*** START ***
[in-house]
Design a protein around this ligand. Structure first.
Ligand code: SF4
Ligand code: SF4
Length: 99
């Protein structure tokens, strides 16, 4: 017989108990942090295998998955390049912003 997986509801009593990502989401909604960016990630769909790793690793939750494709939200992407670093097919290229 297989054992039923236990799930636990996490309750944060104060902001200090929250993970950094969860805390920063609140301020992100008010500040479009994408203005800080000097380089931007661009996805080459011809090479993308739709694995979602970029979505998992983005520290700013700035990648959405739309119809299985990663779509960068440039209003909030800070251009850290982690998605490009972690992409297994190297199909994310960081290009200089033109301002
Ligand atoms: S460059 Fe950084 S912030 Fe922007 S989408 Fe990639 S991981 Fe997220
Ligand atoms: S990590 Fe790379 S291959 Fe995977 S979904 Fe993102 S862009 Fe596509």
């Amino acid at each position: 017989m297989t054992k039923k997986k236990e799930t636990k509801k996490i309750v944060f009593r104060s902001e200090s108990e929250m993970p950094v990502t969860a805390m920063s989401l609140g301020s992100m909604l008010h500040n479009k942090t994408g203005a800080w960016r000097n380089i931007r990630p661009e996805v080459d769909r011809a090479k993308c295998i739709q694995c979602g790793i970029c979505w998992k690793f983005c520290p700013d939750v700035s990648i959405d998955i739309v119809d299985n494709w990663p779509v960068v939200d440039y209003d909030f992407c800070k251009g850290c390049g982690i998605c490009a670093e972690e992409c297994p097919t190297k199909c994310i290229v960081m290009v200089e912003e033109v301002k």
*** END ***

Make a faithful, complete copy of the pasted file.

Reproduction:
[in-house]
Design a protein around this ligand. Structure first.
Ligand code: SF4
Ligand code: SF4
Length: 99
């Protein structure tokens, strides 16, 4: 017989108990942090295998998955390049912003 997986509801009593990502989401909604960016990630769909790793690793939750494709939200992407670093097919290229 297989054992039923236990799930636990996490309750944060104060902001200090929250993970950094969860805390920063609140301020992100008010500040479009994408203005800080000097380089931007661009996805080459011809090479993308739709694995979602970029979505998992983005520290700013700035990648959405739309119809299985990663779509960068440039209003909030800070251009850290982690998605490009972690992409297994190297199909994310960081290009200089033109301002
Ligand atoms: S460059 Fe950084 S912030 Fe922007 S989408 Fe990639 S991981 Fe997220
Ligand atoms: S990590 Fe790379 S291959 Fe995977 S979904 Fe993102 S862009 Fe596509």
């Amino acid at each position: 017989m297989t054992k039923k997986k236990e799930t636990k509801k996490i309750v944060f009593r104060s902001e200090s108990e929250m993970p950094v990502t969860a805390m920063s989401l609140g301020s992100m909604l008010h500040n479009k942090t994408g203005a800080w960016r000097n380089i931007r990630p661009e996805v080459d769909r011809a090479k993308c295998i739709q694995c979602g790793i970029c979505w998992k690793f983005c520290p700013d939750v700035s990648i959405d998955i739309v119809d299985n494709w990663p779509v960068v939200d440039y209003d909030f992407c800070k251009g850290c390049g982690i998605c490009a670093e972690e992409c297994p097919t190297k199909c994310i290229v960081m290009v200089e912003e033109v301002k």